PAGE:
One of the biggest challengers to Rakuten Pay is PayPay, a mobile payment platform launched in autumn last year by Yahoo! Japan and its parent company, SoftBank Mobile. Many small shops in Japan have started accepting PayPay as the shop’s only cashless payment option thanks to its generous launch campaign. SoftBank began to promote PayPay starting December last year, rewarding users with 20% off payments made through the app. In just ten days, the number of users reached 4 million.
The service works by opening an account with PayPay, depositing a certain amount of money, and making purchases via QR code on a smartphone. For shop owners, there are virtually zero installation costs; all they need to do is download the app and print out their unique QR code. Early adopters were guaranteed that no fees would be charged for three years.
3. LINE Pay
LINE, Japan’s most popular messaging app, also entered the cashless payment market last year. The company is also spending heavily as it tries to expand overall users. Like PayPay, LINE enabled stores to adopt its payment system for free. Until last year, other QR code services typically charged stores about 3% of each transaction. LINE Pay also rewards user with up to 5% of payments made in the form of points. LINE already boasts 79 million Japanese users of its core messaging app, and LINE Pay is accepted at around 1.3 million stores.
Alipay, a Chinese mobile and online payment platform released by Alibaba Group, has entered the Japanese market with the aim of chasing Chinese tourists to Japan. According to Alipay CEO, over 300,000 merchants in Japan now accept Alipay, five times more than a year ago. Some duty-free counters at big department stores deposit tax refunds directly into AliPay accounts. The app uses targeted advertisements to help users find what they want to buy and recommends related products nearby. When users return to China, they get a recommendation to buy similar Japanese goods online.
5. Amazon Pay
Amazon Japan has partnered with startup Nippon Pay to bring the Amazon Pay service to unaffiliated brick-and-mortar shops for the first time. The US internet giant already accepts QR code-based payments at its physical Amazon Books stores in the US, but Japan is the first market where the conglomerate has brought the same service to non-group retailers. The internet company usually tests services in the US before diving into a full launch, but Japan has proved to be a more attractive market for their cashless payment service.
The company is starting with small merchants that don’t accept credit cards. Nippon Pay will cover transaction fees until the end of 2020 if stores sign up for the service by the end of this year. The service is available to anyone who has provided Amazon Japan with their credit card information and has the app installed on their smartphone. Consumers are likely to find this arrangement convenient, and Amazon will be able to track customers’ offline buying behaviour as well. So it’s a win-win deal.
Setbacks to adopting cashless payment technologies in Japan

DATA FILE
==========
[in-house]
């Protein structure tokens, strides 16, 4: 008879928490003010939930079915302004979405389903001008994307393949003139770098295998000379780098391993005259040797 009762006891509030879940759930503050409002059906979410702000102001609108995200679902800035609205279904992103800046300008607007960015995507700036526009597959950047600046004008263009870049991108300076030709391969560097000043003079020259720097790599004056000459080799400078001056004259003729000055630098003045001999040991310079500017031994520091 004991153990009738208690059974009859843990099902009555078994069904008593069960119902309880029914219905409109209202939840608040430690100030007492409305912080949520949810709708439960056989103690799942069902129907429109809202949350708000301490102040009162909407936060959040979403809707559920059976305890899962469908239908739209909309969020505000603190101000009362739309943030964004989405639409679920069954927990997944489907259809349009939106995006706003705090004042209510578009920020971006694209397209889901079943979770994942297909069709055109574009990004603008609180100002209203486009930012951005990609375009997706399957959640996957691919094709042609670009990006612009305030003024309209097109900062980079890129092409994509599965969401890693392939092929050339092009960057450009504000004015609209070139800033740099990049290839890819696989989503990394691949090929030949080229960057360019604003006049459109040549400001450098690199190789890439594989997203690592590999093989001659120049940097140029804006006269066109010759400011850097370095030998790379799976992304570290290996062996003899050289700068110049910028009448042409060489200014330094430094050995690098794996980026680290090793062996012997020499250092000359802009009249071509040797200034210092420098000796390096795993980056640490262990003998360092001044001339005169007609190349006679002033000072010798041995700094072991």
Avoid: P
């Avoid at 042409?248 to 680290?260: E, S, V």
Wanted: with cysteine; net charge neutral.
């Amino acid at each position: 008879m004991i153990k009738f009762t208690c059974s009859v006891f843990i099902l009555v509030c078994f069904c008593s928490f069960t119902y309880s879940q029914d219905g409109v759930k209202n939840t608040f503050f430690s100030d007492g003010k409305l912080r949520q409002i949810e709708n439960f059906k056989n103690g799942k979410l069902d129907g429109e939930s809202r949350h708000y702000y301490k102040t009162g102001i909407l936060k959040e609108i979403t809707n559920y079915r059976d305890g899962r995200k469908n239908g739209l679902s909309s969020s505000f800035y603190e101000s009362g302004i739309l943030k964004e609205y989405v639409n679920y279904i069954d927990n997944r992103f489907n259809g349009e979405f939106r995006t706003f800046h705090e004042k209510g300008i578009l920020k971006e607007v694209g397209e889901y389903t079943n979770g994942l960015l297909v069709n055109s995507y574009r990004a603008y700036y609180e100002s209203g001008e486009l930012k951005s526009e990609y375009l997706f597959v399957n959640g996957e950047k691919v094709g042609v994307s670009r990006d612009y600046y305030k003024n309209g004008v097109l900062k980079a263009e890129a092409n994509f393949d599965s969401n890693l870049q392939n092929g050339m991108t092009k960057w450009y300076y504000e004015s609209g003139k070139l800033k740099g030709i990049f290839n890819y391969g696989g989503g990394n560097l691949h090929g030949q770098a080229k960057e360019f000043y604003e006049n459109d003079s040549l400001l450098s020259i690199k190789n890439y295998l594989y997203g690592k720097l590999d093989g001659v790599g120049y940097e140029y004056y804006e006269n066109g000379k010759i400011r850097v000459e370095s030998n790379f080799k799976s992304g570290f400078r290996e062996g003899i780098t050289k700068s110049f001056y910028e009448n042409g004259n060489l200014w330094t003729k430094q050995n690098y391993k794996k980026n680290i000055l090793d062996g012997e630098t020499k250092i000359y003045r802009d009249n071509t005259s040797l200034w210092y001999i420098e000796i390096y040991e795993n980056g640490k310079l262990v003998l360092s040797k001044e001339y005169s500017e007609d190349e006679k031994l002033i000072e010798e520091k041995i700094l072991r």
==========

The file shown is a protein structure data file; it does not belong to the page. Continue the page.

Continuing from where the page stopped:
Although large digital conglomerates see significant potential in cashless payments, many Japanese consumers are still sceptical of new services. They often cite concerns about security and feel no urgency to sign up for payment apps in a country where cash is readily available. Across Japan, there are more than 200,000 24-hour ATMs, and crime is at one of the lowest rates worldwide. Japan’s addiction to cash is also fuelled by the ageing society as well as the slow spread of new services.
SMEs can also be reluctant to adopt cashless payment methods. For one, small businesses have to bear the cost of installing payment terminals and even put up with long payment collection periods. High processing fees can also be a deterrent. Without special promotions, processing charges normally hover around 2–5% in Japan, reportedly higher than in most countries.
As a case study to illustrate a significant setback, let’s take a look at 7Pay, a cashless payment service rolled out this year by 7-Eleven, Japan’s second-largest retail group by sales. The 7Pay service allowed users to pay for purchases at Japan’s roughly 21,000 stores through a smartphone app. However, the app got hacked only days after its launch. More than 38 million yen ($350,000) has been confirmed missing from 808 7Pay user accounts, the company said.
The payment app was vulnerable to cyber attacks because 7Pay didn’t have two-step authentication in place to verify user identities when logging into the service. Adding this extra layer of protection as well as other new security features would have delayed the launch, but the company was eager to roll out the service as soon as possible. Having lost the trust of its users, 7Pay will be terminated at the end of September. This example marks a serious setback for the broader adoption of digital payments in Japan.
So what’s next for Japan?
It may seem that Japan’s fast-growing cashless payment market is already oversaturated, and yet new entrants keep on penetrating the market. This can make consumers feel overwhelmed with the number of available options. Service providers use generous reward programs to lure users and merchants, but in some cases the tough competition can lead to a decline in the quality of services. Credit cards remain by far the most popular method, however, alternative mobile payments have experienced a rapidly growing customer base. Whether Japan can achieve its ambitious targets will likely depend on reducing adoption costs for merchants and increasing the rate of new user acquisition.